The climax/resolution between Laurie and Michael Myers is enormously satisfying; both dramatically and psychologically. It is an almost perfect "end" to the "Halloween Saga"; meaning that THIS SHOULD HAVE BEEN "THE END." But somebody came up with "Halloween: Resurrection", which negates everything in "H20". But, as "H20" ignores/disregards "Halloween IV, V, and V", simply ignore the "Resurrection" and let "H20" be the perfect end to the Halloween series.
The Dimension Collector's Series DVD features a Behind The Scenes Featurette, a "Halloween Trivia Game", and a Music Video.
This movie pretends like none of the other sequels existed, and brings back Jamie Lee Curtis as Laurie Strode. It is revealed she faked her death after Halloween II and has been living in hiding ever since. She is the Head Mistress at a private school and has a 17 year old son. Michael discovers her location by tracking down the nurse from Halloween I and II (in a cameo role that likely would have gone to Donald Pleasence had he not passed away), and tries to finish the job he started 20 years ago.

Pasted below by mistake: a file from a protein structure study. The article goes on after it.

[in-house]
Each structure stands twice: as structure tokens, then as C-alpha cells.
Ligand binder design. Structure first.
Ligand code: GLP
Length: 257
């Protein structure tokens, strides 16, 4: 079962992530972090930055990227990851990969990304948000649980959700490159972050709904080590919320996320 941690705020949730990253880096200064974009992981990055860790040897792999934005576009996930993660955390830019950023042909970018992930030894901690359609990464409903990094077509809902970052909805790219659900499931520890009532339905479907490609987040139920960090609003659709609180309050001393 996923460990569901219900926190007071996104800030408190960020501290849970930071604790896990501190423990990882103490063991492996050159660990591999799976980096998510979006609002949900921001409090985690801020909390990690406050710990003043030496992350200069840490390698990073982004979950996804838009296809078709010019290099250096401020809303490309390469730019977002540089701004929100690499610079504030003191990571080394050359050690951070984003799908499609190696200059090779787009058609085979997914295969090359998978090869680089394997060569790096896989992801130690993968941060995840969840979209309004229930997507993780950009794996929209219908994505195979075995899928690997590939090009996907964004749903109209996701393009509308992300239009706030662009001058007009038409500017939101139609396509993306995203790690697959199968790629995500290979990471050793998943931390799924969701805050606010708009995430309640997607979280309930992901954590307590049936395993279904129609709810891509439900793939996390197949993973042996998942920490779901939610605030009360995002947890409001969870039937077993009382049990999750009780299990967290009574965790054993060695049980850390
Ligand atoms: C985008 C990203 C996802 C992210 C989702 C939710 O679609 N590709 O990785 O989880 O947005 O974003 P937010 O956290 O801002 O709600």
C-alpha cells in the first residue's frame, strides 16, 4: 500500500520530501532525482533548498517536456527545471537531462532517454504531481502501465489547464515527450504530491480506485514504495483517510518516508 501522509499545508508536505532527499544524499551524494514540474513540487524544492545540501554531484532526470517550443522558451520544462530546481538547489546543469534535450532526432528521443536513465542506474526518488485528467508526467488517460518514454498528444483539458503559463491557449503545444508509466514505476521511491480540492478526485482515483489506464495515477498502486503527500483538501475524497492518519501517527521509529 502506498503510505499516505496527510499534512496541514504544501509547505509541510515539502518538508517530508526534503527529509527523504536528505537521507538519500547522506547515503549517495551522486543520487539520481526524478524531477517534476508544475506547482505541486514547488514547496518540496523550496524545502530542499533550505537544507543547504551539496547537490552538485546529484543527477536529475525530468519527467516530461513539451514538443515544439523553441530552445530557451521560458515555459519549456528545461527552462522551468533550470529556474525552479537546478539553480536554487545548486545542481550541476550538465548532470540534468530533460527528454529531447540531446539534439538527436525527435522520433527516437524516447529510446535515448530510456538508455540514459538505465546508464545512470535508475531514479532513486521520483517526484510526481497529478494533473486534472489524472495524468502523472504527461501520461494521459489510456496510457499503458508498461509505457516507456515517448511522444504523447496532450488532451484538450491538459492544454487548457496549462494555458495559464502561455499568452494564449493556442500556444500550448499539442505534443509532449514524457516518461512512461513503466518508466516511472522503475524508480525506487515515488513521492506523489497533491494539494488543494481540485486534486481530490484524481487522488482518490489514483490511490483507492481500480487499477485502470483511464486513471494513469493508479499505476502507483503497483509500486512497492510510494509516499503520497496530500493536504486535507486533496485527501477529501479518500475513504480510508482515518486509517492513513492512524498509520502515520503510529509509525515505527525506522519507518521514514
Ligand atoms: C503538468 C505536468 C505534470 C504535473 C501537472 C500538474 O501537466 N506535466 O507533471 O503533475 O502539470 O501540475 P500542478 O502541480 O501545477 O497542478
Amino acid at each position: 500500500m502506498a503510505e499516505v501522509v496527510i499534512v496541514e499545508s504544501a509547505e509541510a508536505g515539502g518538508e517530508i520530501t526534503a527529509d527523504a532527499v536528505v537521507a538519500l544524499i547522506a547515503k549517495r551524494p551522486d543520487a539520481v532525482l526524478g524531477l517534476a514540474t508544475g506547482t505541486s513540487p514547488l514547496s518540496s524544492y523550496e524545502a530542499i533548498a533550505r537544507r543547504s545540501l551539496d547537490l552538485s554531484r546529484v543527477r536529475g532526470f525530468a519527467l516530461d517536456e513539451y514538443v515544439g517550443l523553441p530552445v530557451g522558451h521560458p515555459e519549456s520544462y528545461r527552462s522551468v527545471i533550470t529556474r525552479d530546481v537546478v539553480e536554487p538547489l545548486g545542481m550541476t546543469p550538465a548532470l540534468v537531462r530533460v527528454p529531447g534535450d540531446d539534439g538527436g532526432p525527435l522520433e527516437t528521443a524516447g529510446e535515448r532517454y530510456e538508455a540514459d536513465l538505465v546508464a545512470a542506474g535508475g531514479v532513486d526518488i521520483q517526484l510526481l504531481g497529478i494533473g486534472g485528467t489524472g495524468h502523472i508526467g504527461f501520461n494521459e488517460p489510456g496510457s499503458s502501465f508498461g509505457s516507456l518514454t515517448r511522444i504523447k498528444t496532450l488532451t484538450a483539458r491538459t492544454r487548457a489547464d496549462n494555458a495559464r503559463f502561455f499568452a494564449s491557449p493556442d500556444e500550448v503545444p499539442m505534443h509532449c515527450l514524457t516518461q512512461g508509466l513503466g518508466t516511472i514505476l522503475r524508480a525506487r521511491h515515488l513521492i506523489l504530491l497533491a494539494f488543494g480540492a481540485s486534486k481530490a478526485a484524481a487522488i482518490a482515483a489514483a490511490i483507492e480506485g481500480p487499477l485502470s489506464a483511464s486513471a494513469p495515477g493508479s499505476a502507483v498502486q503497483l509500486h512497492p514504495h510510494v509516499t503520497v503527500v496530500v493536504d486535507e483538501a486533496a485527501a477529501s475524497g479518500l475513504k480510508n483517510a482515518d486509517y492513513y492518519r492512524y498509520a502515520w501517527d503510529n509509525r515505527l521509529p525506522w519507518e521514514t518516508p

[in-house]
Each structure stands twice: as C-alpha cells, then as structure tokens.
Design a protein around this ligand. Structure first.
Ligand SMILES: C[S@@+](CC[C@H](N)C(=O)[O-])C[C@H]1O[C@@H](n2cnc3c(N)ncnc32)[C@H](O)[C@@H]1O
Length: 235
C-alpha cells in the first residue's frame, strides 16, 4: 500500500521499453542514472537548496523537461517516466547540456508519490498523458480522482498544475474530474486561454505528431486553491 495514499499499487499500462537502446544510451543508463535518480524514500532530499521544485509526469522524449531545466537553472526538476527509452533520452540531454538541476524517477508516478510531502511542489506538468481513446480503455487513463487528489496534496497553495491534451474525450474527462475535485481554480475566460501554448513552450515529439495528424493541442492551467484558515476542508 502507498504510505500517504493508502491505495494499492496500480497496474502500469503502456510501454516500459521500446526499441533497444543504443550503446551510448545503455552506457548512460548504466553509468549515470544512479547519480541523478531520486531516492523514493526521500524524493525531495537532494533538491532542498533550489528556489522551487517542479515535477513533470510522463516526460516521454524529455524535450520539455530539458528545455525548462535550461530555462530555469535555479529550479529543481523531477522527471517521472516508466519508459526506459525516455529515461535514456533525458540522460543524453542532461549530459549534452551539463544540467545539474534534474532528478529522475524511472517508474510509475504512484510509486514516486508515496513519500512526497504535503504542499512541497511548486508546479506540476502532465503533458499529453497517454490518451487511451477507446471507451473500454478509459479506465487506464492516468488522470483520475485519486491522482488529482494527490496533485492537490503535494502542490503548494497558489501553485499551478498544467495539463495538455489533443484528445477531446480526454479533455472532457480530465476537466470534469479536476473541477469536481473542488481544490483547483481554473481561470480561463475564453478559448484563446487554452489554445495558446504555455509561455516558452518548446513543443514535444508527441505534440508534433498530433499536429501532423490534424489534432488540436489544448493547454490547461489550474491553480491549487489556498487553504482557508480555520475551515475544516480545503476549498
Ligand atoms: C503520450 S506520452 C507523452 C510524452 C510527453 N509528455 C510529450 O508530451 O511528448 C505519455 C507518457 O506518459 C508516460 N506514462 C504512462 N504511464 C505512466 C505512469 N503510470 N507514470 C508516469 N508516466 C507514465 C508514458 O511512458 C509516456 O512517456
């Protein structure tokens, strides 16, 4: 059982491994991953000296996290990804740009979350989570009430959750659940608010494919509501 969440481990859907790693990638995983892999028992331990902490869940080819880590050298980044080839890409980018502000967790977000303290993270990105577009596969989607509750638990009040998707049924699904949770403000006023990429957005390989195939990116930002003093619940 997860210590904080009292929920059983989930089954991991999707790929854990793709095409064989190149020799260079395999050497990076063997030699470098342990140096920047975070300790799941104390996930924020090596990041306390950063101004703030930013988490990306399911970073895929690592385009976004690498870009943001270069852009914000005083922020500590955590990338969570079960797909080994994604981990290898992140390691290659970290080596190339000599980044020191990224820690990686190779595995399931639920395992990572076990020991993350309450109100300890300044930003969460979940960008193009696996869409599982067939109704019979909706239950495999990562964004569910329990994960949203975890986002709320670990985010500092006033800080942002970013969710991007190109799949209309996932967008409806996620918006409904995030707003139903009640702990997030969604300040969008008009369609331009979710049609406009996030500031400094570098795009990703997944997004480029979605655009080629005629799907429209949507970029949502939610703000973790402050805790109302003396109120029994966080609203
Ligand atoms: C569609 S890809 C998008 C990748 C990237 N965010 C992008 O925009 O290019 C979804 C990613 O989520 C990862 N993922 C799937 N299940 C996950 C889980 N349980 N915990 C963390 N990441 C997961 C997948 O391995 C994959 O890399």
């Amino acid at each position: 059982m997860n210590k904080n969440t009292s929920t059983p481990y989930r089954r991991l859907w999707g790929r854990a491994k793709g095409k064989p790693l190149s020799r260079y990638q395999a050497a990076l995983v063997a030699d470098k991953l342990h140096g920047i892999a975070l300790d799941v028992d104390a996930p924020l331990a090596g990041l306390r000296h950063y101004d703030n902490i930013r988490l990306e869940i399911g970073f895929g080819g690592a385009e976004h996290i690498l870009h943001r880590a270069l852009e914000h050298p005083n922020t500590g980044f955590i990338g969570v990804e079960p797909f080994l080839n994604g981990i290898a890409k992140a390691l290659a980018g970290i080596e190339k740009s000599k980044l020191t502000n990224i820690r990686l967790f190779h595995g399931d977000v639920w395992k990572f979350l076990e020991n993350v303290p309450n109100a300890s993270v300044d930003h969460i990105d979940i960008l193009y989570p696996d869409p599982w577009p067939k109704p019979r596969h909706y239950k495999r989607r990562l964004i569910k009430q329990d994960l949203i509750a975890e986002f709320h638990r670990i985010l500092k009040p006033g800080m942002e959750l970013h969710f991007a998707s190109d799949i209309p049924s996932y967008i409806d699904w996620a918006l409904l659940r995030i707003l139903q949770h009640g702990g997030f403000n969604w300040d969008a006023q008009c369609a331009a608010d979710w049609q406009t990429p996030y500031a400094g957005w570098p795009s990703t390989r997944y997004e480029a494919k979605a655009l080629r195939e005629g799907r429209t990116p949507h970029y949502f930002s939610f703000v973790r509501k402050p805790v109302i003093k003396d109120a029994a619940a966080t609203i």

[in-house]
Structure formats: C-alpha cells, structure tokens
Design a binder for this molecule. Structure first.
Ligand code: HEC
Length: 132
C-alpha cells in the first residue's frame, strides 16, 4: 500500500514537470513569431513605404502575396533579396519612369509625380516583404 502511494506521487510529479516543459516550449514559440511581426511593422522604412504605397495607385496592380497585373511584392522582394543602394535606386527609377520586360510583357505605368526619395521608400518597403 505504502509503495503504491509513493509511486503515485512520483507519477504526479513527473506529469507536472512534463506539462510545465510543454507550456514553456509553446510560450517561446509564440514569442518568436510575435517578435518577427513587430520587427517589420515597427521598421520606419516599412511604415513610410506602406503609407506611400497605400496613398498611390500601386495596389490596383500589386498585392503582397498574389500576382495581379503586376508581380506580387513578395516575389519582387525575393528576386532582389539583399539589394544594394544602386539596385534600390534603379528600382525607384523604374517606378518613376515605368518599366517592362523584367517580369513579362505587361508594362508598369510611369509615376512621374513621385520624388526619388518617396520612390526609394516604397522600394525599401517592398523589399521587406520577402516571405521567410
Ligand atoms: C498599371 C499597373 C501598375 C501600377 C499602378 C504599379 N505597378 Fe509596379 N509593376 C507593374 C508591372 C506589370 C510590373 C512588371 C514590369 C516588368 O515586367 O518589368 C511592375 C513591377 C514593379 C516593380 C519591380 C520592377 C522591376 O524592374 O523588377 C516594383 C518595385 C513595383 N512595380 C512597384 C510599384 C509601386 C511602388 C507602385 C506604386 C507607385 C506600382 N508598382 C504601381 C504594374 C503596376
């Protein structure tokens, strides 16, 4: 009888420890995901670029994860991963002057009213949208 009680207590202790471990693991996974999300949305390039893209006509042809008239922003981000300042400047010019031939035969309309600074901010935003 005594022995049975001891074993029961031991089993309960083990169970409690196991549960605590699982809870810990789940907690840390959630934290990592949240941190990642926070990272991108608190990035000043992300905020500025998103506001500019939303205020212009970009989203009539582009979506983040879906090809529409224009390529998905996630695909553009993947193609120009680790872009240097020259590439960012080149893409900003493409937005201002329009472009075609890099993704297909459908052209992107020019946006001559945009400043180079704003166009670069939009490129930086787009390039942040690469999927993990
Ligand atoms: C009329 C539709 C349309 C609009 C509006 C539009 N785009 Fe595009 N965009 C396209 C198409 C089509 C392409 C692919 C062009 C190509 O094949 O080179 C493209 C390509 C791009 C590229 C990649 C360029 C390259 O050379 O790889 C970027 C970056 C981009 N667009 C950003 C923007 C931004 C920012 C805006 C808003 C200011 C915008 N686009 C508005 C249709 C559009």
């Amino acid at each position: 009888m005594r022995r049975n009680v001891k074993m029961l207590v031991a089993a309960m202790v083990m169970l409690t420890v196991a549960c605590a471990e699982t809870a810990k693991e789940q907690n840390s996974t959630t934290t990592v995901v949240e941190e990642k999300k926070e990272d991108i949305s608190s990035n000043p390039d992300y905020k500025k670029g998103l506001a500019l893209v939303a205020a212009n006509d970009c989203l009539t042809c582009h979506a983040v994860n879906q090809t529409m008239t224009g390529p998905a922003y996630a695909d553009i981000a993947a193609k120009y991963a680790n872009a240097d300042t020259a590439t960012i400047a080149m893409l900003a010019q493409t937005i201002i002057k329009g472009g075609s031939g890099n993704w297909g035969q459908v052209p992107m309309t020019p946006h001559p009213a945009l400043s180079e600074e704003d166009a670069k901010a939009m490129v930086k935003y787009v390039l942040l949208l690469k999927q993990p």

The things I like about the movie is that they made the character of Laurie a strong heroine figure. She never bought that he was dead. While she did still drop the knife a couple times she did end up picking up an axe. The entire set up to their coming face to face (in a great scene) was her realizing she would have to confront him and not just run away. The movie also paid nice homage to the late Donald Pleasence in the beginning even having a voice over from the original movie. You really can look at this movie as creating a Halloween Trilogy. While I did not dislike Halloween IV and V, and would had been fine if they incorporated some of that story in as well, Halloween VI and VIII are better left ignored. If you are a fan of the original movie this one is a must have.
Short and to the point, having the novelty of Laurie Strode return is almost enough to elevate this above the subsequent movies that were abruptly made null and void with this entry. Almost.
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So this movie is a plus for me.